The General Services Administration wants to know how it can provide better due diligence for acquisitions involving government information technology. It's working with customer agencies to establish a common set of indicators that could be used to for a supply chain risk assessment.
Complex, non-standardized cloud computing service level agreements make comparing cloud offerings during procurement and ensuring proper execution once work is underway difficult for federal agencies and departments, said a Homeland Security Department Official.
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The Defense Department has Ft. Meade in Maryland for it's National Security Agency and U.S. Cybercommand, and soon the civilian side of the federal government will have its own cyber headquarters as well, thanks to an appropriation included in the spending bill President Obama signed into law Dec. 16.
The Intelligence Advanced Research Projects Activity will host a one-day conference Jan. 21 to provide information about an upcoming solicitation to develop the Cyber-attack Automated Unconventional Sensor Environment, or CAUSE, program.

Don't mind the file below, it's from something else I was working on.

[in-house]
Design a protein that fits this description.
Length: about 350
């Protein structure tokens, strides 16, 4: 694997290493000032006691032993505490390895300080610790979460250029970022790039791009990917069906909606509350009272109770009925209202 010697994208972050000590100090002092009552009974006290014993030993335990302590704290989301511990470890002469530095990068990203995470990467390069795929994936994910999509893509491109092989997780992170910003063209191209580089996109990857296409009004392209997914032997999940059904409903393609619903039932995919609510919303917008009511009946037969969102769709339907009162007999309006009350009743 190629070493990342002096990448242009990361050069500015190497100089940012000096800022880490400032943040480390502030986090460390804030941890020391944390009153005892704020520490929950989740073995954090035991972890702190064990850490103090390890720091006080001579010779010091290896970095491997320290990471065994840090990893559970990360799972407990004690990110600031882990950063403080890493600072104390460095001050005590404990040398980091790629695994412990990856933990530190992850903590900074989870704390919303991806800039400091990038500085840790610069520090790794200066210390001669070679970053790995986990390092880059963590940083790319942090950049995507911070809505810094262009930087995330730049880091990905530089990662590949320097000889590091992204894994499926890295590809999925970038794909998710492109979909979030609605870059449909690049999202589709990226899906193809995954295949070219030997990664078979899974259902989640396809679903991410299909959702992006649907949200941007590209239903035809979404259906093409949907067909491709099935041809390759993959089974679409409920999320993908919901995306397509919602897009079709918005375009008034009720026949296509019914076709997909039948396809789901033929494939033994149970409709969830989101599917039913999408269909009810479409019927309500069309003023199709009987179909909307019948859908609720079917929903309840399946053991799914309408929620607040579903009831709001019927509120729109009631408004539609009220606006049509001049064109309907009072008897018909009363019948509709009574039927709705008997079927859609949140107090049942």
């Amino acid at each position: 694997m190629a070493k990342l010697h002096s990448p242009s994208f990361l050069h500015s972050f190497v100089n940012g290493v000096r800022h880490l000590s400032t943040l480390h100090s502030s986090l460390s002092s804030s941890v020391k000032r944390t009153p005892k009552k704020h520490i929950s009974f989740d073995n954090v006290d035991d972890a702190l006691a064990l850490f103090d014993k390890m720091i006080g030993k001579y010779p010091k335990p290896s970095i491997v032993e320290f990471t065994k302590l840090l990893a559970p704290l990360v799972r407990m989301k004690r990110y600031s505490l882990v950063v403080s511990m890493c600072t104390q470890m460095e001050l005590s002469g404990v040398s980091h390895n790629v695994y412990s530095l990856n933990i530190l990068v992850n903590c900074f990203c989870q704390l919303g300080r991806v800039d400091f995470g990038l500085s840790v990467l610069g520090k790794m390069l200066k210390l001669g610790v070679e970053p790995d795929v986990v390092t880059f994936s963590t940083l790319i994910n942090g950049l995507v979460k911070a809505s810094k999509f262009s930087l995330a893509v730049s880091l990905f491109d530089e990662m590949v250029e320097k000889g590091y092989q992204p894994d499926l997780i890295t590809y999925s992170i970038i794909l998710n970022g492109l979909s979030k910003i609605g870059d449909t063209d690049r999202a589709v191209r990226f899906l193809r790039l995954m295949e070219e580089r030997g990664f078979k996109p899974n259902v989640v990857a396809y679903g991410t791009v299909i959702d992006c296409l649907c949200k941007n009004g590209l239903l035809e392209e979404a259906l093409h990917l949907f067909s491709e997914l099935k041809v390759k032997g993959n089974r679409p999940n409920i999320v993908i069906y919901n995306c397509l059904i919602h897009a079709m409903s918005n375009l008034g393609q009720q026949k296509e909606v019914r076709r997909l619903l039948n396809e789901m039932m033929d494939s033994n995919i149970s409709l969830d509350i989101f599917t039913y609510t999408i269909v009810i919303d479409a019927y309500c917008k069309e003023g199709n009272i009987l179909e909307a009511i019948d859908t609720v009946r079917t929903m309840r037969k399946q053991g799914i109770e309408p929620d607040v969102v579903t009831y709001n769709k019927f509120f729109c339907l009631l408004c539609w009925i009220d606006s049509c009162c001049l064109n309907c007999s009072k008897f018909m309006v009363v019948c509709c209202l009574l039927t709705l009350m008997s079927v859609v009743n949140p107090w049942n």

The General Services Administration provided an update on how the Federal Risk and Authorization Management Program is meeting milestones and laid out new deadlines as part of a Dec. 16 press briefing and the release of the program's roadmap.
"There's been some confusion that FedRAMP is GSA, and FedRAMP is the JAB, but really FedRAMP is a program that is governmentwide in nature and has stakeholders across the government," said FedRAMP Director Matt Goodrich. A new plan aims to refocus the program on agency stakeholders and further spread the responsibility for authorizing cloud services.
Two and a half years in, the Federal Risk and Authorization Management Program, which aims to help agencies and departments more quickly and securely procure cloud services, is being adopted in pockets across the federal government, but not always correctly, say General Services Administration officials during a Dec. 16 press briefing.
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Three federal agencies responsible for directing funds to help women in Afghanistan didn't track their spending or results, so no one knows if the programs worked, says a Dec. 18 Special Inspector General for Afghanistan Reconstruction report. The agencies involved reported spending at least $64.8 million on 652 projects, programs and initiatives to support Afghan women in fiscal years 2011 through 2013.
The Defense Department doesn't know if its testing ranges are vulnerable to foreign spying, a Dec. 16 Government Accountability Office report says. "DOD has not conducted a risk assessment that includes assessing the degree to which foreign encroachment could pose a threat to the mission of the ranges," the GAO report says.